In contrast, other attendees worried that implementing Proportional Representation would result in the loss of a direct representative. Many consider it important to have an individual they recognize. They believe a local representative is a more effective advocate and allows them to have a direct point of contact to express their opinions. Some attendees expressed scepticism regarding list candidates. They want to ensure they have a local representative they chose rather than someone chosen by a political party. One woman from St. Pauls said: “I don’t want a party to pick my representative, I want to pick my representative”.
Many attendees from the rural parts of Perth—Wellington shared the view that rural voters are overpowered by their urban and suburban counterparts. They insisted that any changes to Canada’s electoral system must not further disenfranchise rural Canadians.
Highly unpopular was the option of ranked ballots such as a Single Transferable Ballot or an Alternative Ballot. This was shared by almost all attendees despite their wide ranging views on other issues. A local NDP organizer claimed that it was potentially even more undemocratic than First Past the Post and could lead to “even greater false majorities”. A local Conservative Party organizer stated he believed the Liberal Government favoured this option as a way to game the system in their favour. Non-affiliated attendees stated they did not want to see their votes reallocated to a 2nd or 3rd choice. One woman stated it was pretty clear “nobody wants ranked ballots”.
Many attendees shared their dislike for strategic voting expressing the view that the current electoral system encourages it. As one individual put it “we have to play the system and vote for parties we don’t want”. They also claimed it gave too much power to so called swing ridings. One young voter from Listowel shared that when she conducted her research in deciding how to vote in the last federal election she found videos on YouTube explaining how to vote strategically.
Many attendees agreed the final decision must be given to Canadians in a national referendum. Of the sixty-one people who attended the event thirty-one expressed the view that a referendum should be held either by stating so publicly, writing so on a submission card, or contacting my office shortly after the event. An experienced municipal councillor from North Perth stated “whatever the government brings down, we need to have a referendum”. A constituent from Stratford stated “all electoral systems have their pros and cons but one thing is certain, we need to have a referendum.” He further stated, “I fear if the government makes changes on its own voters will feel cheated next election, there will be a loss of legitimacy to our elections”.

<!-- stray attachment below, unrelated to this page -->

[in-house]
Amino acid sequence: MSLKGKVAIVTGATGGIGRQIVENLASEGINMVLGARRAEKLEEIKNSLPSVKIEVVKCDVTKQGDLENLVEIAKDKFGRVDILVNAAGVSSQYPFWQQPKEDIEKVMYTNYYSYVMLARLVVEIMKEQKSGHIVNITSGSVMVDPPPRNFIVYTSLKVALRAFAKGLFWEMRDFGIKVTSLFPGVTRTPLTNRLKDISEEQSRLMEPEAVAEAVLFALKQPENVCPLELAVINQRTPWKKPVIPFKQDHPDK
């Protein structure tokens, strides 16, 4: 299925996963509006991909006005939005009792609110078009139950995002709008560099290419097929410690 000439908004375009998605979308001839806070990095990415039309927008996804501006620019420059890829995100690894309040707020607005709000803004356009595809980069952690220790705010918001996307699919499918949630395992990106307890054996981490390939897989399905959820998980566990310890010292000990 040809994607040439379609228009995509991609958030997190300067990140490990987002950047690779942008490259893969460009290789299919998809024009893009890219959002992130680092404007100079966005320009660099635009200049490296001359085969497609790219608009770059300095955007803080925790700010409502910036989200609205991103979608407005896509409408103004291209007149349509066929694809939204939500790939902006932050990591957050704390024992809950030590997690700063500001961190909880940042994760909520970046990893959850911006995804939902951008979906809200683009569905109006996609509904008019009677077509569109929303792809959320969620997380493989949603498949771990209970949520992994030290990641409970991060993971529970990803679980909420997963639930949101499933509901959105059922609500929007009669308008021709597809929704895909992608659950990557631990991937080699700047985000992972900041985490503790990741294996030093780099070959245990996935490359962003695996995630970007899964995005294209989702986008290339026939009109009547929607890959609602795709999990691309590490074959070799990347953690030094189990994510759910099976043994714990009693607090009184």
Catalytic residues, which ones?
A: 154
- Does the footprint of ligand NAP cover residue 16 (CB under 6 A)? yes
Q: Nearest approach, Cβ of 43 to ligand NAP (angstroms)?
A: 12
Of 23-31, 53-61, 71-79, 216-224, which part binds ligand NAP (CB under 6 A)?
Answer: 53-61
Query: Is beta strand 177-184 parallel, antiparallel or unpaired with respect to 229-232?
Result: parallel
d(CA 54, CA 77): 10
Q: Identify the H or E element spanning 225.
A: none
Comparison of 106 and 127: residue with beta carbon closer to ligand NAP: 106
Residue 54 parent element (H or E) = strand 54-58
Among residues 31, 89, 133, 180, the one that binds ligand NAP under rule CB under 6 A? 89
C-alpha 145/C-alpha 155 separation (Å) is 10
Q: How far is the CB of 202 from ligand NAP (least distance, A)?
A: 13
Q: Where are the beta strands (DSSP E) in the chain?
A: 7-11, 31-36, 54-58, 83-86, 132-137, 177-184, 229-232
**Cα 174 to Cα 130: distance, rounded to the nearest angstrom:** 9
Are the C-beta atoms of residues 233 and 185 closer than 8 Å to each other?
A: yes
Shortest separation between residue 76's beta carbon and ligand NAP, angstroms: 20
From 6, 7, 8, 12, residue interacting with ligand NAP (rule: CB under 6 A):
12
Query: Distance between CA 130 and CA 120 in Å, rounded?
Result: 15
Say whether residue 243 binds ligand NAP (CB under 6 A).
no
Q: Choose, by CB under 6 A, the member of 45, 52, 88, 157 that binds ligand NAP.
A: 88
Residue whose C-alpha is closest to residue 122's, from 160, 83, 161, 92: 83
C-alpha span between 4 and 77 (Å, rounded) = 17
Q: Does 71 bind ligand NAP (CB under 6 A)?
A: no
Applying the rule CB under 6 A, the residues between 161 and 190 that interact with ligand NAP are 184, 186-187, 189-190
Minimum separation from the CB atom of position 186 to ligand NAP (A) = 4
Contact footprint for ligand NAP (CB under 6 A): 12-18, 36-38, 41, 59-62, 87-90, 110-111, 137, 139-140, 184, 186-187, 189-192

One attendee who had previously been a member of the Ontario Citizens Assembly of 2006-2007 for the electoral reform referendum stressed the need for education during a referendum. She stated her belief that the 2007 referendum failed because former Premier Dalton McGuinty claimed he would inform voters and failed to do so.
Other ideas expressed included: implementing mandatory voting, ending taxpayer subsidies for political parties, increasing knowledge about voting and Parliamentary Democracy in the education system, implementing a system to recall representatives that inadequately represent their constituents, and encouraging more women to run for office.
Newsletter Response Cards
In my Autumn Newsletter, sent out to every home in Perth—Wellington, I included a page dedicated to Electoral Reform. In it I explained the work of the Committee and included a response card for my constituents to answer questions and share their views. It included three questions, an opportunity for respondents to indicate what they value in an electoral system and a comments section. I received responses from 244 constituents. Not every respondent answered every question.
The first question was: Do you support Mandatory Voting? The responses were:
Yes: 82 (36.74%)
No: 129 (52.87%)
Unsure: 33 (13.52%)
The comments varied from highly supportive to absolute disagreement. Some constituents wrote it would result in non-engaged citizens marking a random name on a list which could skew result. Others thought forcing Canadians to vote would be an infringement on their freedoms. Some provided the example of Old Order Mennonites who choose not to vote for religious reasons. It is possible forcing them to vote would be a violation of their Charter Rights. One constituent wrote “not voting can be a form of protest, and peaceful protest is a necessary part of democracy”.